Reviews and thoughts, March edition
ICFA concluded today. I was not there, but hope to be next year. I heard it was a great con, and I heard that my poetry book Marginalia to Stone Bird was mentioned, as a Crawford finalist. Still really honored by this.
I do not know if the timing was accidental or not, but Ada Hoffmann featured a lengthy review of Marginalia to Stone Bird at her Autistic Book Party today. It is a tremendous, detailed review. Here is an excerpt:
Lemberg’s poetry is very socially aware. The first third of the book, mainly magic realism, is centered firmly in the experience of oppression in the real world: immigration, faith and doubt, war, a failing marriage. The middle section translates these oppressions to the fantasy realm: its heroes are exploited peasants, abandoned women, unwanted people whose surroundings and cultures never treat them particularly well. (At least one is trans.) The Journeymaker Cycle, in the final third, makes this awareness both larger and more inward. It’s a winding story that unfolds across multiple lifetimes, in which its reincarnated heroes struggle with the use and abuse of their power, taking refuge in powerlessness and then eventually needing to reclaim power; in which they try to use their power to help, and help many, but also run up dramatically short against the limits of that ability. […] The shorter, more magical realist poems of the final third also play off of these themes, presenting a narrator who is afraid of their own power, afraid to speak or create, and yet who feels inevitably drawn to creation.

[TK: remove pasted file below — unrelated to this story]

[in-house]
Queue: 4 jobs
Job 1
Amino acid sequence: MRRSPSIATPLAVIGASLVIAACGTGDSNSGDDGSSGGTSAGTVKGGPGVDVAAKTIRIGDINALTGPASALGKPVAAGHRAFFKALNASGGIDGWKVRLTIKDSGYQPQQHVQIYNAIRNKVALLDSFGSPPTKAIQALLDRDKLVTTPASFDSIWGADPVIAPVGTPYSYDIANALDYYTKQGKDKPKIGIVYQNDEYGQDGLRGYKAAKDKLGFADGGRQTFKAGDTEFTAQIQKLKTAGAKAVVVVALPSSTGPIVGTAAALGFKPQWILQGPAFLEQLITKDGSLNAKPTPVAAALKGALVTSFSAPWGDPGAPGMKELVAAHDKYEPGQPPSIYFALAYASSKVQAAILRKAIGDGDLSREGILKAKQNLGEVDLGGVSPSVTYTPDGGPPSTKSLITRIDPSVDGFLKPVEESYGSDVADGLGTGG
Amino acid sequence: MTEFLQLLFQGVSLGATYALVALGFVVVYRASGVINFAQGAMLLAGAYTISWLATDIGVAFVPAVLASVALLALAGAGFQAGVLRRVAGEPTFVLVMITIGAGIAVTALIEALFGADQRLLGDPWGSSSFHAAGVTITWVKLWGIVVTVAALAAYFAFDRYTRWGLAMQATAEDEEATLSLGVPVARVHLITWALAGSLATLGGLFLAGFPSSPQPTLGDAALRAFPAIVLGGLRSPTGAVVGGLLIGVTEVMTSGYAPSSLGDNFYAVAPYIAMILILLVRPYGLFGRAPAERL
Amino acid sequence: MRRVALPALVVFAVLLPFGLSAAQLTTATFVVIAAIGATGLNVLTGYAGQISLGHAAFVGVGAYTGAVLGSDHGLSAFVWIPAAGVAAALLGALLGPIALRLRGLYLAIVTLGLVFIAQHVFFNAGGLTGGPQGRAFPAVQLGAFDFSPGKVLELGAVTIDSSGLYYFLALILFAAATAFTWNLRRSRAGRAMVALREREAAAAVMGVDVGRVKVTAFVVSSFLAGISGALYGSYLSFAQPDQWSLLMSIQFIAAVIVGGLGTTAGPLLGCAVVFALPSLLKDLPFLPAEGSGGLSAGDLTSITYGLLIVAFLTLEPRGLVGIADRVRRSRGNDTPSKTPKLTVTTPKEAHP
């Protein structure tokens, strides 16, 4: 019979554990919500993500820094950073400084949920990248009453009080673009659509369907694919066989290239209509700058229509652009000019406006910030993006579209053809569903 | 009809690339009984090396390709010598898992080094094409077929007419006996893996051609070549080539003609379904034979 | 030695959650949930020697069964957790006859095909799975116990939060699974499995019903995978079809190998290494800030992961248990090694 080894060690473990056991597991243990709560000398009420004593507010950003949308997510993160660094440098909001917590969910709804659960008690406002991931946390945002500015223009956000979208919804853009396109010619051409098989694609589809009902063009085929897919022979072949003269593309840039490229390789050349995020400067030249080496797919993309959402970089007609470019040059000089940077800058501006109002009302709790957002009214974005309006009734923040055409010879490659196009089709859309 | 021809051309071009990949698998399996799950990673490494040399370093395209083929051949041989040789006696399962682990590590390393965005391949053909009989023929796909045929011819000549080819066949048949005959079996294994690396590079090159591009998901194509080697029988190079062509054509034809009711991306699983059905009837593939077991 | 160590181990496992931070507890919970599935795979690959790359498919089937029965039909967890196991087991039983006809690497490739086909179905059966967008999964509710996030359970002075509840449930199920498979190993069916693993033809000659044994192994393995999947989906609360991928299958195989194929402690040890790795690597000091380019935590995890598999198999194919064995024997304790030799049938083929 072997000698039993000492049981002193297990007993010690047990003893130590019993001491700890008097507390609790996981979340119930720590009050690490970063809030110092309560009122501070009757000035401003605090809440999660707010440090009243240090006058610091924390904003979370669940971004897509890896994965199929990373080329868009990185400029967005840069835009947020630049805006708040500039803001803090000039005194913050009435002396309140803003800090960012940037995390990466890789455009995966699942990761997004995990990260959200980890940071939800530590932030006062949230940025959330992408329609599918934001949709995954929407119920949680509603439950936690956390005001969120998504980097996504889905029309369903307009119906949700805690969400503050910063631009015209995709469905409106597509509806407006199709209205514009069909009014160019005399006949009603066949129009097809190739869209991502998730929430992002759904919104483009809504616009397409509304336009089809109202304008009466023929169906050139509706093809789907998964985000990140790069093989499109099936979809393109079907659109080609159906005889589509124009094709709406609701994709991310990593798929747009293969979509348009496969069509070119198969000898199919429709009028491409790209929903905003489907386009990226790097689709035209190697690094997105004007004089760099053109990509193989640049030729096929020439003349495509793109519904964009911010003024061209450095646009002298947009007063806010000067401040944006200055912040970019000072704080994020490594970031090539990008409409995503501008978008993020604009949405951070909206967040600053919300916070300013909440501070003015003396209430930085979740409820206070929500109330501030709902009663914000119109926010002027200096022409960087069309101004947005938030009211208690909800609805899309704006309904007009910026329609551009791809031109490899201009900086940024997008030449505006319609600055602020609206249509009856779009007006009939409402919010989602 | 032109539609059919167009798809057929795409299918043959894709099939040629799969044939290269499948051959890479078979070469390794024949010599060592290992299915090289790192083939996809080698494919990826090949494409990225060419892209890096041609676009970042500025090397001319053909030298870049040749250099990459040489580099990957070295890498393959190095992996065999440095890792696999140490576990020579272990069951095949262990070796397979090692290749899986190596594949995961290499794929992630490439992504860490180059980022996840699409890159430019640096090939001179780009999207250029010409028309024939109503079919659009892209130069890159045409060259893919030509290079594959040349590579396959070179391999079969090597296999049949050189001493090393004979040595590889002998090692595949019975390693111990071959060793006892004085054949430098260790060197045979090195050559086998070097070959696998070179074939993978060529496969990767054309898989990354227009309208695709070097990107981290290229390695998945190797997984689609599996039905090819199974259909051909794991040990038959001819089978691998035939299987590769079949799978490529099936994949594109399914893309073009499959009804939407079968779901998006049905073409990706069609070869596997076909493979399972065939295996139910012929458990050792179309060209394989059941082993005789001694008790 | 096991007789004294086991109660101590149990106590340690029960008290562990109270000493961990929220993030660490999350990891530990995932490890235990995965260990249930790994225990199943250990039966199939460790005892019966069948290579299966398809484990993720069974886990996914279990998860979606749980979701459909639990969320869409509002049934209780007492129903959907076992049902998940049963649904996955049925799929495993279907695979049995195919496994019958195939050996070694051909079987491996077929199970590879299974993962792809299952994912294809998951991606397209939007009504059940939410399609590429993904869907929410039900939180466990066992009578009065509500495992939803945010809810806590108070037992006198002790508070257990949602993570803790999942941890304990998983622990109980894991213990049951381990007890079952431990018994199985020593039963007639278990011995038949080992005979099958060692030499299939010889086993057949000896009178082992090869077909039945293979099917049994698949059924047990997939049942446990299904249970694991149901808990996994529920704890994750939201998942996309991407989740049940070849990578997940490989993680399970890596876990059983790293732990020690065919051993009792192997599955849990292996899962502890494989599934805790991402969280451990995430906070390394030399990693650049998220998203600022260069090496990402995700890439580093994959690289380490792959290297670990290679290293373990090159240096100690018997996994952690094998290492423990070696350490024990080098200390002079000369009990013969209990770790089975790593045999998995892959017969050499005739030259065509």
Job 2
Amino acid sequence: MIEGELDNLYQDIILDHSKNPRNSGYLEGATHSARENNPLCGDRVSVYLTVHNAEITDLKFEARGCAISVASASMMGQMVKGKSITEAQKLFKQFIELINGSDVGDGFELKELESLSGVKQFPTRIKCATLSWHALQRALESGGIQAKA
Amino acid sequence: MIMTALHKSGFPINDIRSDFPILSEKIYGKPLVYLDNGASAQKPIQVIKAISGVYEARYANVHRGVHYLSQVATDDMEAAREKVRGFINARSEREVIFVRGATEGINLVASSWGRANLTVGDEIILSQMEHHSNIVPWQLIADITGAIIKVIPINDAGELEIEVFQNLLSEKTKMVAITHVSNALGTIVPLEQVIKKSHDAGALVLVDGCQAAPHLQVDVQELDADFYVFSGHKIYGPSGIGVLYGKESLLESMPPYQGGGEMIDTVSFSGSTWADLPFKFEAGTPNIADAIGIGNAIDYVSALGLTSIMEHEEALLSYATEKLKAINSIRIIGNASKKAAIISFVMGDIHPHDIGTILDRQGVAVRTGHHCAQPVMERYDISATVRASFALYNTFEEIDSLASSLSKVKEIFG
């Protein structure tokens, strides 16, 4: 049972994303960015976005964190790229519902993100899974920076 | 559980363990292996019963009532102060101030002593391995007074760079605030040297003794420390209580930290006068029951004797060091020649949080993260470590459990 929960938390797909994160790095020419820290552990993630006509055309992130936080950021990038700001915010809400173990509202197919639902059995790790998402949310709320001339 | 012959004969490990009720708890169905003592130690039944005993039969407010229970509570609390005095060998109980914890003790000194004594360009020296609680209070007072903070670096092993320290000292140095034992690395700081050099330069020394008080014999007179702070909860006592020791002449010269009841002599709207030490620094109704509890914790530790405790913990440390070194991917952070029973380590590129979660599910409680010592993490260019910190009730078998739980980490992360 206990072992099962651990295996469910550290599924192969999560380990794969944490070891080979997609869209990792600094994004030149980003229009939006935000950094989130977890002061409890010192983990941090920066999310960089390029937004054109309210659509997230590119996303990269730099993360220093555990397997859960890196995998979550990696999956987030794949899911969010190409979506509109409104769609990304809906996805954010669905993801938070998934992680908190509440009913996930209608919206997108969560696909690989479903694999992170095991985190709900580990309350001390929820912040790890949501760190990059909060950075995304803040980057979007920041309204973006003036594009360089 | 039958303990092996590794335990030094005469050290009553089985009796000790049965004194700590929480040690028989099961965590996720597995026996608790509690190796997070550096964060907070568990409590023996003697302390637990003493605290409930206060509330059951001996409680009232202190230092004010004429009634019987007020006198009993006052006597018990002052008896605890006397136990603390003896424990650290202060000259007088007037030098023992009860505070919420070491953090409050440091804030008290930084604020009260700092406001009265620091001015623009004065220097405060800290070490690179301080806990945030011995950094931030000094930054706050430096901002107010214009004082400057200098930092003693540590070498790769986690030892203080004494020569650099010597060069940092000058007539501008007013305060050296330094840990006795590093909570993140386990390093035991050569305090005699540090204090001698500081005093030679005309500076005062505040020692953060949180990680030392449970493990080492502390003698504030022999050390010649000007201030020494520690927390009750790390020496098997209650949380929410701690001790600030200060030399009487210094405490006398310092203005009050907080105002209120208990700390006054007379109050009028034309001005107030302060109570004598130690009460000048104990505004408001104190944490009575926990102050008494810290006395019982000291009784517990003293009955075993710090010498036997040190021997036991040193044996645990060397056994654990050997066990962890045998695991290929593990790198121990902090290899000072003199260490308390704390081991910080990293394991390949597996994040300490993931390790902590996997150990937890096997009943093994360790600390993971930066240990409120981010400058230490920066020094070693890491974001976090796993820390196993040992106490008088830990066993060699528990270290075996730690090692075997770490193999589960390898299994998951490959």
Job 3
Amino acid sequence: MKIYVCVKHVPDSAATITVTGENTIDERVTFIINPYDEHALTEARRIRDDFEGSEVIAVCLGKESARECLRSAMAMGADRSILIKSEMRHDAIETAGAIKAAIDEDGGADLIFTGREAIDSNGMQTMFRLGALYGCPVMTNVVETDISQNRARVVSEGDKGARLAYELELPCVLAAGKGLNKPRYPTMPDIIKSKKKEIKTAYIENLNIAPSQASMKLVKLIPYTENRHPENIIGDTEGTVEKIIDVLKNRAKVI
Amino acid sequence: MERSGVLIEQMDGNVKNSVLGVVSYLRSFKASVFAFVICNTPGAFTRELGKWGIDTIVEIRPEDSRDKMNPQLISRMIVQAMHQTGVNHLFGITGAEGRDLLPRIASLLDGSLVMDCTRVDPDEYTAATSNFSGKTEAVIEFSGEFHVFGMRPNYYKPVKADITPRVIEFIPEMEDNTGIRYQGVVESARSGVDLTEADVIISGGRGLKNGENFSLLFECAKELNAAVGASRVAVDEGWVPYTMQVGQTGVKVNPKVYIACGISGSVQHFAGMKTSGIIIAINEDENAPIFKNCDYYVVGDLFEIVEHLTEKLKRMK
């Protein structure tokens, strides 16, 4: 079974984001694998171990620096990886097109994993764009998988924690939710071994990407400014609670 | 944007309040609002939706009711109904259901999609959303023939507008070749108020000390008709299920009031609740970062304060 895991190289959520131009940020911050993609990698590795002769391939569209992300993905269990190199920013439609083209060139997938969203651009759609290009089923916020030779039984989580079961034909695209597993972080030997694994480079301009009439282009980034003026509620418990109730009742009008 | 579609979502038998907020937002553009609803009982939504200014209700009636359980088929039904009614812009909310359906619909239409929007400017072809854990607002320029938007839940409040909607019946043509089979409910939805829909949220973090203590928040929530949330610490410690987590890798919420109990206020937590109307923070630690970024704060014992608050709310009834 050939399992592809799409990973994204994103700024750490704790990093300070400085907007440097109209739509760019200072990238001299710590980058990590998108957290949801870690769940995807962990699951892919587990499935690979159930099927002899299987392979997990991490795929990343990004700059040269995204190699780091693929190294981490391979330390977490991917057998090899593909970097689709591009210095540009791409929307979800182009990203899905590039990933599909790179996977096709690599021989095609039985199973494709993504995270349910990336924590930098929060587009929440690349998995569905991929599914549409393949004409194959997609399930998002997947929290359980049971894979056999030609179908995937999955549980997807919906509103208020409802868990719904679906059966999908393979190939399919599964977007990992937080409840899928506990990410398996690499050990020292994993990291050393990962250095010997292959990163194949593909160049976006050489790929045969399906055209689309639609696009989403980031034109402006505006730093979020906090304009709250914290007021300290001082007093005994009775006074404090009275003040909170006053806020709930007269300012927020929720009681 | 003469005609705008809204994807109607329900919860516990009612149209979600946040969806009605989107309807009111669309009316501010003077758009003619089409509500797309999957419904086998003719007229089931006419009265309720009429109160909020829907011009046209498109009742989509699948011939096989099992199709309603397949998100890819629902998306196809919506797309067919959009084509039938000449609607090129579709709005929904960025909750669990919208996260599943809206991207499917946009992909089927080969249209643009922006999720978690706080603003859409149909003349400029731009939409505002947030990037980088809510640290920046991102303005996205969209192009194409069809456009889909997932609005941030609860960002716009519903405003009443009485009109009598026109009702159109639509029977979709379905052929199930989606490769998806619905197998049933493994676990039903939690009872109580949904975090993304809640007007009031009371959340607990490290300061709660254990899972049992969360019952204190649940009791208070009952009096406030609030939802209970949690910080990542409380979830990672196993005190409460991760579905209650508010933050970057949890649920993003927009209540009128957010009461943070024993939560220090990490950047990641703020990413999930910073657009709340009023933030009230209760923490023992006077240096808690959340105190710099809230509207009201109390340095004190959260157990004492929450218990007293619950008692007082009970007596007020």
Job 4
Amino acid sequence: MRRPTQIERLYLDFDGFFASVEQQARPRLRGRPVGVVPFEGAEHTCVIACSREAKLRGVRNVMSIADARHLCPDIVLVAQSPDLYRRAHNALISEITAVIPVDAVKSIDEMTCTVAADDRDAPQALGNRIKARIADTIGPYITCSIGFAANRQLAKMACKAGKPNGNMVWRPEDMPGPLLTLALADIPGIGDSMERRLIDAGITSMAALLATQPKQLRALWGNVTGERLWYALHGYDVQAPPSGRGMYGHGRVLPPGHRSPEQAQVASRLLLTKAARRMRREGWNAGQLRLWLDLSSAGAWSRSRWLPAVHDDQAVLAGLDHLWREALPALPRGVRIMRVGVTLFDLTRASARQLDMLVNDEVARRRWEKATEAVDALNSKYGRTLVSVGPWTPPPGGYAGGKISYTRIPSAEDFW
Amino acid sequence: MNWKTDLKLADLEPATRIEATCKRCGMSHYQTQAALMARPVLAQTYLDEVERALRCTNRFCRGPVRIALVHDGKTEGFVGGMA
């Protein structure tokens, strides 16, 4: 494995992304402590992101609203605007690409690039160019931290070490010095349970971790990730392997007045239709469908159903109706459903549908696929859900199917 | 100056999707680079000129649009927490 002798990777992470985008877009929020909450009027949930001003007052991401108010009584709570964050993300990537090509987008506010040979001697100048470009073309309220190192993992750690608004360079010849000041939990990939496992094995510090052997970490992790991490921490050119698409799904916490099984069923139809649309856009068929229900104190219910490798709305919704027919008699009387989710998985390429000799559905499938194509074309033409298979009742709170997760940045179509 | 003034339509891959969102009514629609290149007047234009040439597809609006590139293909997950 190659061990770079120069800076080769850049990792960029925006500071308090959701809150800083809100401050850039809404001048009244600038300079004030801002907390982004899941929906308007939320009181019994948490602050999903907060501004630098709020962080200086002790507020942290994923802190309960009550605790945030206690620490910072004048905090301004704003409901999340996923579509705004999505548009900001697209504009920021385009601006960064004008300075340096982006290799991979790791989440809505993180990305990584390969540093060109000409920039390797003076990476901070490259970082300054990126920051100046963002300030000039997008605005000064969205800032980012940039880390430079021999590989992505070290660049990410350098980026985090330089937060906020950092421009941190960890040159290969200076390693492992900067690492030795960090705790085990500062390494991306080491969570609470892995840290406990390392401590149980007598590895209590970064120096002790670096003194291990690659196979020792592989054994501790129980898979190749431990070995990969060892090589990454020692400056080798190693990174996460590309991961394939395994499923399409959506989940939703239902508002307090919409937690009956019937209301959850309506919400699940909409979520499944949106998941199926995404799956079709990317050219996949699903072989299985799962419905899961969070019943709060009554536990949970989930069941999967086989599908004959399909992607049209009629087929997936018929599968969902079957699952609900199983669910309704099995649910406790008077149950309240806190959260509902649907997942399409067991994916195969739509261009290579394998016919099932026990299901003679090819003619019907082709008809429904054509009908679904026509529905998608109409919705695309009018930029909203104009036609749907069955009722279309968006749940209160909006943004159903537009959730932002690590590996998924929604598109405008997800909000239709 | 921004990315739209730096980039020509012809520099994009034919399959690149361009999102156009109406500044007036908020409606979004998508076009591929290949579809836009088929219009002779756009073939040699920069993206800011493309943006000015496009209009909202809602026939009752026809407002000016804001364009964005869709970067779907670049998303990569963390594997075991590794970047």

I am also really grateful for a new review of “The Desert Glassmaker and the Jeweler of Berevyar” from Strangely Charmless:
It is a slow love story, performed in words and gifts. It’s so tentative, so respectful, so beautiful, that my knuckles whitened as I read, fully expecting something to go wrong and break my heart.
But that’s not Lemberg’s style.
I’ve never before or since written something so unambiguously joyful as Glassmaker/Jeweler, but it’s not my style to offer the reader no hope. I often wonder if this is a detriment in the field of SFF, or in general, in this present moment. In the end, though, I do not want to break. I want to unbreak – something perhaps more viscerally necessary for those of us who feel broken by the world and by their reading experiences in the world. I am good with that.